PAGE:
This exercise on time management and mission couldn't have come at a better time for me. Going into this semester I knew that I had two long term projects that had to be done by May. The first major project that I had to plan for was my thesis proposal. The second major project was a final three year summary report for US Fish & Wildlife. I knew that both of these duties would require a substantial amount of my time. In an attempt to allow more free time for both of these important non-classwork projects, I took a lighter course load than the Fall semester (which constantly bordered on too much important work to handle at one time). Throughout the first month or two of this semester I felt great- I was able to spend more time learning and enjoying my classes, and I was also getting a considerable amount of work done on my thesis proposal. However, I must admit that at this point in the semester the free time was starting to get to me. I was getting all of the work done for my classes, and I was making strides on my proposal, but I was also spending a decent amount of my time doing those random non-important events. I also was falling behind on the Fish & Wildlife report I was in charge of. Next thing I knew spring break was on the horizon, and the stress I was so familiar with in the Fall semester started to come back. Many of the things that had been important were quickly starting to become urgent due to my time restraints. At this point I knew that something had to change and I had to be more proactive in my time management. To do this I went back to doing something I did in college to help keep me organized; I putting a huge calender on the back of my apartment door so everyday I could see what I had planned for the day and week. Little by little I started to check off all of the little things that were beginning to pile up and add to my stress level- nothing too important, but still things that required my constant attention. Next thing I knew spring break had arrived and I was still loaded with work. Instead of going down to Belize with my advisor to do some field work (as was the original plan!) I headed south to Fort Lauderdale to meet with my coworkers to push through some sections of the final Fish & Wildlife report. As I quickly found out, doing work with a team of people goes much much smoother if you are there in person (its usually over the phone since I'm here and they are in S. FL). In one week of meetings with my coworkers we not only completed a number of section of our final report, but also worked out a deal to better divy-up the work load so that the one student of the group (me) wasn't having to stress as much. This, believe it or not, was well worth missing out on Belize this time around. Due to the positive results I was getting, since returning from spring break my time management has become even more structured. This organization and the increased communication with my team has substantially decreased my stress load, and might even make it so I can actually spend a Saturday doing something besides writing a report! Lynch 01:44, 24 March 2009 (UTC)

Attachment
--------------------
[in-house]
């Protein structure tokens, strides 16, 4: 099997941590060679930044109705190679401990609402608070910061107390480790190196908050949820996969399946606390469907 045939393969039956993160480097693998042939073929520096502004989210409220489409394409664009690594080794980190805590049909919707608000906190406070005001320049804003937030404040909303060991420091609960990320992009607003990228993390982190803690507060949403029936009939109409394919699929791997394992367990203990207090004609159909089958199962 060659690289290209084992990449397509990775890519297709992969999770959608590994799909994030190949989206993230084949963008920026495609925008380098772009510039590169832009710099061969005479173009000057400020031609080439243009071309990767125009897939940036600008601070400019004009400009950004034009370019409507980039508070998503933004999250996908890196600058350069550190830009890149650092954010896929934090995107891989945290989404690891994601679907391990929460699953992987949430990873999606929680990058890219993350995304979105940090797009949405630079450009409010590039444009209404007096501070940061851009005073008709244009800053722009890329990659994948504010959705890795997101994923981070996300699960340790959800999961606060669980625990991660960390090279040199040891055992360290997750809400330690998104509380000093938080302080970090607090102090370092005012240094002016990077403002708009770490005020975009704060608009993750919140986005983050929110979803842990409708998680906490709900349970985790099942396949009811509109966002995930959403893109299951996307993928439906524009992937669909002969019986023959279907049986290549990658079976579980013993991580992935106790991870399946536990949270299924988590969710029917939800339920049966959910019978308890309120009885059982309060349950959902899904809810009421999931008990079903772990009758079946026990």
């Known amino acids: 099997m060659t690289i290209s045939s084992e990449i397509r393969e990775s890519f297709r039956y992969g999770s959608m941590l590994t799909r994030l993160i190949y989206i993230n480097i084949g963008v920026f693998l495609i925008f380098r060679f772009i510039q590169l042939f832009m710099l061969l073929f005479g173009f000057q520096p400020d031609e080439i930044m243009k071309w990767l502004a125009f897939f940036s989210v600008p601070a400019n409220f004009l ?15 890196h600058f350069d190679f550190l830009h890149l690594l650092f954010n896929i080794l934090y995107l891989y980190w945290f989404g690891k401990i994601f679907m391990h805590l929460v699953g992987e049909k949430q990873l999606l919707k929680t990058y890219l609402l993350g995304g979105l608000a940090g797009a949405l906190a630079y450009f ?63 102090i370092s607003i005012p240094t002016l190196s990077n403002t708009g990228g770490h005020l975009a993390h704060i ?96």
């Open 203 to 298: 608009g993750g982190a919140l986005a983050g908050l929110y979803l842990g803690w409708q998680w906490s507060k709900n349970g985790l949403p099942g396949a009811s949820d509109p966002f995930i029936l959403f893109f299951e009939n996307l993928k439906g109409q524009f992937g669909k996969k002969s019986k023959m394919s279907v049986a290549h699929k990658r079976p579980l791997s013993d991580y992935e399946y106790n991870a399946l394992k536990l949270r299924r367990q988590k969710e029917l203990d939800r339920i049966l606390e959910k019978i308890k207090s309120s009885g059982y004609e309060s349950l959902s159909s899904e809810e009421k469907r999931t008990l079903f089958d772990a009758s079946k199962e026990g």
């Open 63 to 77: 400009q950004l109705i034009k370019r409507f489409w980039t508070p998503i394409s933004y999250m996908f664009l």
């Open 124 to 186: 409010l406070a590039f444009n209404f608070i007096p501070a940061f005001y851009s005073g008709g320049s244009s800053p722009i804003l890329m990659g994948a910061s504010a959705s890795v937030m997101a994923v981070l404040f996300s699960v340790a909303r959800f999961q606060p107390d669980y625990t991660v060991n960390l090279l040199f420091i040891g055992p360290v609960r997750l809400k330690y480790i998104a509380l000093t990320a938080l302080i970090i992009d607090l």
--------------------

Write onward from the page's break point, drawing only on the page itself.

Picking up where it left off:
I also greatly enjoyed this time management assignment. There weren't really any major surprises with how I was spending my time, but it was a good thing to see. I am not sure the days we recorded were really indicative of my normal life since I defended my thesis during that time so it made me want to continue this in the future. The biggest problem is that even recording my time takes time so it would be nice to find a more efficient method for monitoring. I also do not feel I accurately captured free time internet usage such as checking Facebook which occured in little chunks while working on schoolwork, etc.
I think Drucker and Covey's points about time management were very insightful. I especially liked the comment about doing the items in quadrant two to reduce the amount in quadrant one. I suppose this is fairly common sense but for some reason it really hit me. I think most of my school career has been focused on the crisis items rather than working ahead. I am not sure if I will be able to change this before the end of the semester but hopefully with my Master's degree wrapping up I will get a fresh start in the fall. I also want to use my mission in life more often in defining where I should be allocating my time. Kifaro50 01:30, 25 March 2009 (UTC)